To solve the problem, many are looking to the skies. After Ehang captivated CES two years ago with its passenger drone, Uber put a stake in the clouds by publishing a white paper on airborne mobility solutions — essentially air taxis — in 2017.
It’s affordable, comfortable and it doesn’t require a computer or smartphone to work
Picture the Distracted Boyfriend internet meme, where the boyfriend is a Tesla owner and the girlfriend is the Model S.
The other woman? That’s gotta be the Fisker EMotion.
SEE ALSO: 7 tech trends that will rule CES 2018
The all-new Fisker Inc. debuted its luxury electric car, the EMotion, at CES 2018, and it’s a beauty. Fisker’s sporty sedan would look completely in its element pulling up next to a Corvette or Porsche. But this a car made for the future, with equal attention paid to brains as well as looks: The EMotion will ship with an advanced autonomous driving system, and the battery — planned for a 400-mile range — will allow ultra-fast charging. Read more…
Google is going all-out to avoid CES from turning into another Alexa-palooza
Riding in a self-driving Lyft car is way more boring than you’d expect. But that’s really the point.
The ride, which I took on the streets of Las Vegas at the outset of CES 2018, was only remarkable in how mundane it was. Turns, lane changes, braking for red lights, accelerating for green — it was all pretty much the same as if a human were doing the driving. Well, if it weren’t for the display on the dash showing a LiDAR-constructed view of the streets around us, and the robotic female voice that would occasionally chime in with a “lane change checking” or some other status update.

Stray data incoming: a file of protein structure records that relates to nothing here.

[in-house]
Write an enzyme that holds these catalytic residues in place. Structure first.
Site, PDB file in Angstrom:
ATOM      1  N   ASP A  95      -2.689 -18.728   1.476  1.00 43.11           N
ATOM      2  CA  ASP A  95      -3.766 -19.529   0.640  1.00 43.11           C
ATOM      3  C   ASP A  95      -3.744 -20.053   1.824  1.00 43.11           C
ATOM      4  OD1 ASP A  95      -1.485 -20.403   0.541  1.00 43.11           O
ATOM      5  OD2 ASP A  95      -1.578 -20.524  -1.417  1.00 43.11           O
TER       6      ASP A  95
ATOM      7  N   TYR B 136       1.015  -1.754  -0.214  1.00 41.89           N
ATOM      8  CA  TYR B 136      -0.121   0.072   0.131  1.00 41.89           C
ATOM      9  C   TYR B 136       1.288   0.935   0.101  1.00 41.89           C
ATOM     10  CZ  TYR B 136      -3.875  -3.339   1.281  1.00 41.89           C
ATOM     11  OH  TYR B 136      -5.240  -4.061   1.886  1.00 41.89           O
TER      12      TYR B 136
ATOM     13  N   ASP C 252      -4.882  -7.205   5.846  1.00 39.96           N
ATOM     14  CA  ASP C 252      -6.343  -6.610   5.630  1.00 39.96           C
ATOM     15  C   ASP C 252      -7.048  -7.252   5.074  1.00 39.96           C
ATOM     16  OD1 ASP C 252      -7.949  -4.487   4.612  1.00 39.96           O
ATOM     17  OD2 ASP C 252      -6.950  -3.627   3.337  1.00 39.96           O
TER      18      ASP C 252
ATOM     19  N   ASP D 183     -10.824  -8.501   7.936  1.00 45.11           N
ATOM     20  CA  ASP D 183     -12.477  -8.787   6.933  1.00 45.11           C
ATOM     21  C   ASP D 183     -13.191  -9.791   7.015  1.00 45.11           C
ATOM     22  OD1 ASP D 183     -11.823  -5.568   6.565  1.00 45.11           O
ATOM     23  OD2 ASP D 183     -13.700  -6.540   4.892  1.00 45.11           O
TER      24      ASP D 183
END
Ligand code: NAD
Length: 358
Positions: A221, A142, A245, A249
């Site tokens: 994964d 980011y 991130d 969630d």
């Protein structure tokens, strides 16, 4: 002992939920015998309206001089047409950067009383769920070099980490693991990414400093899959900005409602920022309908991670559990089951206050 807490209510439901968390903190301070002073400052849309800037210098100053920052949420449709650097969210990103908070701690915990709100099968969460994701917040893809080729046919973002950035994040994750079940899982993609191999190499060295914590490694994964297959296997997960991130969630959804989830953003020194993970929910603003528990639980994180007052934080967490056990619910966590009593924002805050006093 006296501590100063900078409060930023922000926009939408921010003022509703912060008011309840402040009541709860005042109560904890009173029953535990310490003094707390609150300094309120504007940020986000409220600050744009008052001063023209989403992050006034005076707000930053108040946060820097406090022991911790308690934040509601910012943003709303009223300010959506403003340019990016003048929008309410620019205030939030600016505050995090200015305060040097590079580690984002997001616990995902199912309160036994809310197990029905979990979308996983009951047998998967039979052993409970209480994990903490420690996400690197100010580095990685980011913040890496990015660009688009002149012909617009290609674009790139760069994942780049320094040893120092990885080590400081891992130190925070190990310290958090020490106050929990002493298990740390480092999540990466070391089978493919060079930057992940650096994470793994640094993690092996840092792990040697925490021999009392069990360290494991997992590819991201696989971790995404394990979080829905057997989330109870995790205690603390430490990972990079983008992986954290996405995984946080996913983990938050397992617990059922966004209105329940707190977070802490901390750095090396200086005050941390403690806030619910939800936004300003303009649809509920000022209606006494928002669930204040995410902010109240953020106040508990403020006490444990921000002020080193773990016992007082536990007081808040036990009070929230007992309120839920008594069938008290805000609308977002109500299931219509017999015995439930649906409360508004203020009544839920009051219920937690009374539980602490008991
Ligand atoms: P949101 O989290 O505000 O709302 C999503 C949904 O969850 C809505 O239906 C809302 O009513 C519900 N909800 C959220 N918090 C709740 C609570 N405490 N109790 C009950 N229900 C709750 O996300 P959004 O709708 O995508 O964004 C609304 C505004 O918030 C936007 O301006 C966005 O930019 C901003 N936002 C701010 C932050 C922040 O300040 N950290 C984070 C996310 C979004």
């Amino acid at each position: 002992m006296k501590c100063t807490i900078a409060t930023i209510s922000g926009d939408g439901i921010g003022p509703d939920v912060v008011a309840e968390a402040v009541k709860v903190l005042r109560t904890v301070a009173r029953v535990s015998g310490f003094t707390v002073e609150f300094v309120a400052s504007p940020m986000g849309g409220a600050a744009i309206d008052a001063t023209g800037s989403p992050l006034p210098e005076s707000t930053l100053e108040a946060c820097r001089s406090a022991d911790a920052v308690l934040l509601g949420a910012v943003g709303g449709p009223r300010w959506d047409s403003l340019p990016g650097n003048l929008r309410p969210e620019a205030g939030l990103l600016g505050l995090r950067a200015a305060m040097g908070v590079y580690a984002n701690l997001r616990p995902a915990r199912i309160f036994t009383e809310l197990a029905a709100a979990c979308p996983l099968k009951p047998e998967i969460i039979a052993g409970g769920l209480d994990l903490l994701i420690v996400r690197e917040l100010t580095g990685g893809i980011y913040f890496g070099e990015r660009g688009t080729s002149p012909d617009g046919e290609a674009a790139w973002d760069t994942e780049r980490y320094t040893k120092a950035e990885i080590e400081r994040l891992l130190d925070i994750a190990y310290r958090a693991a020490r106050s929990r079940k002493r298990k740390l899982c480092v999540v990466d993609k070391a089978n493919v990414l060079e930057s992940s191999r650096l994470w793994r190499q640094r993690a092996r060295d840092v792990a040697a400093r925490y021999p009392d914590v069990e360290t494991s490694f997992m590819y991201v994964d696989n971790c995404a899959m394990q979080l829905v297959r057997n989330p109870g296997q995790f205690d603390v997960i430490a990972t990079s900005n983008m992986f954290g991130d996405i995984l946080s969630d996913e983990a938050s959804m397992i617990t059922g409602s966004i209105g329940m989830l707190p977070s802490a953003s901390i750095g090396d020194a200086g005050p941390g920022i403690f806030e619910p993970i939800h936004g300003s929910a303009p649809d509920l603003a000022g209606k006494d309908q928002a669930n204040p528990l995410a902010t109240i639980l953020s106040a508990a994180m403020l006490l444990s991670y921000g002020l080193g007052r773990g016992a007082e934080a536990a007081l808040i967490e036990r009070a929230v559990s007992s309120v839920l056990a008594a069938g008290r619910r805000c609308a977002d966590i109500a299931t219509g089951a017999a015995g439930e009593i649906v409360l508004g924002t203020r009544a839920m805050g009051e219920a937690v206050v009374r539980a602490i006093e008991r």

Uber has picked Nvidia as one of its key technology partners in its fleet of self-driving, specifically to provide the AI computing aspects of its autonomous software. The partnership is one that has been in development for a while now, including in its very first test Volvo XC90 SUVs, which followed the introduction of its program using modified Ford sedans. Uber has used Nvidia’s GPUs… Read More
Google’s here, and it’s planning something big. The company’s presence is impossible to miss as you drive down Paradise Road toward the Las Vegas Convention Center. Like much the rest of the show, the company’s parking lot booth is still under construction today, but the giant, black and white “Hey Google” sign is already hanging above it, visible from… Read More
Now, almost a year after Faraday Future unveiled the FF 91 at CES in January 2017, the would-be electric car manufacturer that sought to challenge Tesla has come close to crashing and burning. And while much has been written about the unfulfilled promises and stumbles of the company, its frothy CES showcase speaks to a much larger truth about the biggest consumer tech show in the world: Don’t believe the hype.
Blade’s Shadow service lets you run PC games on any device with a screen and an Internet connection